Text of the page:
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My friend Richard “Dick” Brodie of Michigan posed a conjecture during an auctioneer CE class I was teaching the other day.

Dick’s thought regarded maximizing absentee bids and that practice in relation to the UCC 2-328.

As we discussed in our story about maximizing absentee bids, virtually any policy or procedure in regard to absentee bids is acceptable if all involved (seller, bidders, buyer) have knowledge of it, and consent to it.

However, too often in some markets, the absentee bidder leaves a bid to be executed as, “I’ll bid as much as $1,500,” when the bid is actually executed as, “I’ll bid $1,500.”

Dick suggested that the UCC 2-328 proposes a remedy for the, “As-much-as $1,500 bidder” when he becomes, “The $1,500 bidder.”

The UCC 2-328 (4) says:

    “If the auctioneer knowingly receives a bid on the seller’s behalf or the seller makes or procures such a bid, and notice has not been given that liberty for such bidding is reserved, the buyer may at his option avoid the sale or take the goods at the price of the last good faith bid prior to the completion of the sale. This subsection shall not apply to any bid at a forced sale.”

Dick asserted that if the absentee bidder was “run” by the auctioneer up to his maximum absentee bid without notice, that the auctioneer’s bidding could be construed as the seller bidding (the auctioneer bidding for the seller’s behalf) and that the buyer at $1,500 could then void the sale, or take the item at the “last good faith bid.”

    I might add here, that “notice” in regard to the seller bidding would necessarily include notice to the absentee bidder as well as the other bidders.

In other words, given the auctioneer had this $1,500 absentee bid, and suggested to his crowd (or bid online under a different identity) that he “had $400 bid, and now $500, now $600, now $700, now $800, now $900 … Sold! for $1,500,” that the buyer at $1,500 might rightly void the sale.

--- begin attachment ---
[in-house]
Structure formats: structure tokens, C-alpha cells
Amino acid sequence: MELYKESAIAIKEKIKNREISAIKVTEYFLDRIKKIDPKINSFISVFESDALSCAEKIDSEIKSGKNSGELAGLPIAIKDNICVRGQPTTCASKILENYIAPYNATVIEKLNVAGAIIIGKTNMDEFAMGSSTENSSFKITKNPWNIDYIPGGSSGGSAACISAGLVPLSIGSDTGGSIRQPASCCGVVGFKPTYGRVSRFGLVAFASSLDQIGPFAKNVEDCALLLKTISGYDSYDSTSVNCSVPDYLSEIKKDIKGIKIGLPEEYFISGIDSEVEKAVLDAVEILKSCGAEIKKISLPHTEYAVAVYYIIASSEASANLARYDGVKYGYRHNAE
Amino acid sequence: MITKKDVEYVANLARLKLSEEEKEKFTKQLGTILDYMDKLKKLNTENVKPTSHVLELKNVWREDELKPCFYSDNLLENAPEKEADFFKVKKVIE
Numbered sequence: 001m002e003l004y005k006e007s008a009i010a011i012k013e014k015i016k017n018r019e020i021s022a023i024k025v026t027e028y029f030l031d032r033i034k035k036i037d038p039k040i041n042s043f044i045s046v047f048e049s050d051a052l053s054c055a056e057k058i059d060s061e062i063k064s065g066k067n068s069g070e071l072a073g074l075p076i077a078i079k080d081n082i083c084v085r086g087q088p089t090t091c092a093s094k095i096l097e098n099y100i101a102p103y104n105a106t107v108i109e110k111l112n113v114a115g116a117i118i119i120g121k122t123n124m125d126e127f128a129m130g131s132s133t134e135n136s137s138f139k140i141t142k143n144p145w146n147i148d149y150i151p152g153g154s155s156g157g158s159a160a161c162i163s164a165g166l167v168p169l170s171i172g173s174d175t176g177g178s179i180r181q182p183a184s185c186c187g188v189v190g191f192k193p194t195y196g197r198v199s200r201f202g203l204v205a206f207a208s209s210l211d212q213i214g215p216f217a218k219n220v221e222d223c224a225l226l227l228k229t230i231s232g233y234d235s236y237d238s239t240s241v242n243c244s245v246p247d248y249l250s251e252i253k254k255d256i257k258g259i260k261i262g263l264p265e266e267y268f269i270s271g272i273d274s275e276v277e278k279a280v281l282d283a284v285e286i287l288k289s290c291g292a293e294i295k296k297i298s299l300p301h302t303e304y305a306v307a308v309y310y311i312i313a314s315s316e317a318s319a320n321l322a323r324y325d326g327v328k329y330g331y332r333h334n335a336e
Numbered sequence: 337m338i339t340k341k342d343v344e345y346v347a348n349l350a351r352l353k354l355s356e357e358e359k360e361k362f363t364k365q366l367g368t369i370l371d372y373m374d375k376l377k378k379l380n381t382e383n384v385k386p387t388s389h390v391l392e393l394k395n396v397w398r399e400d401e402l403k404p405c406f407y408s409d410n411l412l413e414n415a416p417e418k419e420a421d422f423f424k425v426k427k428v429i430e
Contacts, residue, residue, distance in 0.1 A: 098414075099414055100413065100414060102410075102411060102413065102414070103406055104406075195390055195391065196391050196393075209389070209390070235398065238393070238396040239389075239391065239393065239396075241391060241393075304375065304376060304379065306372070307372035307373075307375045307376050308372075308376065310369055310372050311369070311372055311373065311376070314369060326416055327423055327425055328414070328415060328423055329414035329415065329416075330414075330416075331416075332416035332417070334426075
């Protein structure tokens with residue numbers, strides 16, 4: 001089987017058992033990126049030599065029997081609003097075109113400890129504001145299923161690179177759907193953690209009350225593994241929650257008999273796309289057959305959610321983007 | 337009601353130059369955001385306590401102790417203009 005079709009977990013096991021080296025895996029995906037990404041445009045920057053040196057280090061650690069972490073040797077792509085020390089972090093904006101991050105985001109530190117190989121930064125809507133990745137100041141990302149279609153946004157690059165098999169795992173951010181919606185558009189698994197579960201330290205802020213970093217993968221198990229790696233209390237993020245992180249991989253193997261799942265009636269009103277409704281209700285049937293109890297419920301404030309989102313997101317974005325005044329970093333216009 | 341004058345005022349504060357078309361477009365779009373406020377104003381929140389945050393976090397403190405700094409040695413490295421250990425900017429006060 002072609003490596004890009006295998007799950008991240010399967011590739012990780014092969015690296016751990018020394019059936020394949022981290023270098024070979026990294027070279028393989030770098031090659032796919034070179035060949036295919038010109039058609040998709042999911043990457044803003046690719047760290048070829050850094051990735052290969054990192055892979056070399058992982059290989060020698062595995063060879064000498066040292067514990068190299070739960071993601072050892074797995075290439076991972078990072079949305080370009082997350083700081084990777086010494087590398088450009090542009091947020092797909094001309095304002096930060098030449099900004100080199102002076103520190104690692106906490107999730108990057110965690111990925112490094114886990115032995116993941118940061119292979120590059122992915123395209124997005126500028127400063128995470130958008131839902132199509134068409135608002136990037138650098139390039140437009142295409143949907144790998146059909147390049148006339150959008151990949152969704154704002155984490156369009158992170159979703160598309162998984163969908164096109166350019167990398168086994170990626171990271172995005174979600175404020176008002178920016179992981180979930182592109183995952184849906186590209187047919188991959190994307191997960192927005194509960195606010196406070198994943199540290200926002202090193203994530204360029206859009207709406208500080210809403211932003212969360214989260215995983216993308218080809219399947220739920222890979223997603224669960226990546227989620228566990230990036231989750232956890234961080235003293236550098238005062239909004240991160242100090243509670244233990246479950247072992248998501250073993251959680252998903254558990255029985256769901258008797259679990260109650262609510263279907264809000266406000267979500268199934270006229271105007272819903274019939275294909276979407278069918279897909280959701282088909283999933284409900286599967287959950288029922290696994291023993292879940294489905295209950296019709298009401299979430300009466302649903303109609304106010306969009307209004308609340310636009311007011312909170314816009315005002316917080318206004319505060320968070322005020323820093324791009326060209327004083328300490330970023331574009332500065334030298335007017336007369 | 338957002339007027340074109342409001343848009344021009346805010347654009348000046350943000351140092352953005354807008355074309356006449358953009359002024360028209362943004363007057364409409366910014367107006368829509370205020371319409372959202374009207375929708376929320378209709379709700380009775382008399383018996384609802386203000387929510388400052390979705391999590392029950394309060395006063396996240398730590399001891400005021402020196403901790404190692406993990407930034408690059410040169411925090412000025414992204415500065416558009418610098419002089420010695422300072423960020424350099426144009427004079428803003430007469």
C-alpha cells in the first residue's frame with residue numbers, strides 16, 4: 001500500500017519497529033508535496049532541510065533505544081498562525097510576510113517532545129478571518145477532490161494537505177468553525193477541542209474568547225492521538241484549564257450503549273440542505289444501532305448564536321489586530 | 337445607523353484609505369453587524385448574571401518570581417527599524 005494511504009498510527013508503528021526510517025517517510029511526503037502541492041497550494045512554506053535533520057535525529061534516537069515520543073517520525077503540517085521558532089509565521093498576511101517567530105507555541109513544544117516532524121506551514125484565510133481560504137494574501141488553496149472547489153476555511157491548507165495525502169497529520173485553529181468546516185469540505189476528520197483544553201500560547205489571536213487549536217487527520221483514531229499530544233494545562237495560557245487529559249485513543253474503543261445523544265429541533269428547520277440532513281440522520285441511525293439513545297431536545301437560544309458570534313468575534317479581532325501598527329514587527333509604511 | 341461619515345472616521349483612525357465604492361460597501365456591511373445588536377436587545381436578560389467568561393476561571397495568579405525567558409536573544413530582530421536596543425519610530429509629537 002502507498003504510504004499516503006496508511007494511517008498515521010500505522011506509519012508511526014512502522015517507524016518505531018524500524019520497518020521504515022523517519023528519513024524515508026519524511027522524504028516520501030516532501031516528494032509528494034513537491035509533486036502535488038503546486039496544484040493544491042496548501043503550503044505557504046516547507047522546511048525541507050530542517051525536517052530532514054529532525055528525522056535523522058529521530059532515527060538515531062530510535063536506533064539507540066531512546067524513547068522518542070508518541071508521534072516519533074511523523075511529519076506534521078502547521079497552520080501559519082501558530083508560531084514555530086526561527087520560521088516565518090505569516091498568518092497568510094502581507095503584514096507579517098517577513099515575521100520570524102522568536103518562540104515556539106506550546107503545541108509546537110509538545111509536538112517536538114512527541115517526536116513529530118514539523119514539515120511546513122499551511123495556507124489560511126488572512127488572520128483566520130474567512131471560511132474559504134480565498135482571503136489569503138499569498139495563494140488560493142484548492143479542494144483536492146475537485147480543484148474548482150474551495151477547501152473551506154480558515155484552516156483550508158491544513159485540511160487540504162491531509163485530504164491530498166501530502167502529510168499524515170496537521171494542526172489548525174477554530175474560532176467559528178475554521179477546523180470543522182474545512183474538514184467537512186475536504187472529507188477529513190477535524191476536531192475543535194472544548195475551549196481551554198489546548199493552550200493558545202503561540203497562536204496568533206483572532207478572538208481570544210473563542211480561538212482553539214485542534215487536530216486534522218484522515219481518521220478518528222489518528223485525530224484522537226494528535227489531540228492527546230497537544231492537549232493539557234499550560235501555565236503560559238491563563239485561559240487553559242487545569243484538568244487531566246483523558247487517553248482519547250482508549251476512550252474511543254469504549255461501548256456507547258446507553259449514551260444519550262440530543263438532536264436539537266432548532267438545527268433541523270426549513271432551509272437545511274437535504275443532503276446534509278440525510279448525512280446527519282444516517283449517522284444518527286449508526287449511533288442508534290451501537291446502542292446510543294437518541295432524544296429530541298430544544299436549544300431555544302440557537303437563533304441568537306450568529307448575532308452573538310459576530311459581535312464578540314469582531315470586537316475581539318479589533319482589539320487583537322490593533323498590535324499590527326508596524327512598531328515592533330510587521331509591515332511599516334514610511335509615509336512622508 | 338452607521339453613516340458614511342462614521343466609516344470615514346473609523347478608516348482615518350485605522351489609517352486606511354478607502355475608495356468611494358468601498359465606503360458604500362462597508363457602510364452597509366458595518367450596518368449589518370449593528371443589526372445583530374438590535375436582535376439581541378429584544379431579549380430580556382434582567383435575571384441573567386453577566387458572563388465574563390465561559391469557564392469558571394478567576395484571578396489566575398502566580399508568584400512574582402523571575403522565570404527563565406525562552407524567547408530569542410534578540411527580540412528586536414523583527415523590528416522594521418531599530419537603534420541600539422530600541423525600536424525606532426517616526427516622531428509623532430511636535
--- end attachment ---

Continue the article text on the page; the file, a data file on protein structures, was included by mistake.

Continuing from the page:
In the case of any legitimate bid being placed, such as a $700 bid from some other bidder than the seller — with the genuine intent to purchase — that the buyer at $1,500 might rightly take the item at $700 — the last good faith bid.

Further, it’s worth noting that if the auctioneer bid for the seller at some price less than the $700 legitimate bid that it’s more likely even the $700 bid is not the last good faith bid. We discussed that topic here: Last good faith bid?

As well, Dick correctly suggested that the seller (or someone on behalf of the seller) cannot bid at a without reserve auction (except in a forced sale situation,) and therefore seller bidding against the absentee bidder to the bidder’s maximum bid would be prohibited by the UCC 2-328.

We would conclude that in addition to unethical (and therefore illegal) activity involved in running the bid without knowledge and consent to the absentee bidder’s maximum, that state law actually provides relief for that harmed absentee winning bidder.

Mike Brandly, Auctioneer, CAI, AARE has been an auctioneer and certified appraiser for over 30 years. His company’s auctions are located at: Mike Brandly, Auctioneer, Keller Williams Auctions and Goodwill Columbus Car Auction. His Facebook page is: www.facebook.com/mbauctioneer. He serves as Adjunct Faculty at Columbus State Community College and is Executive Director of The Ohio Auction School.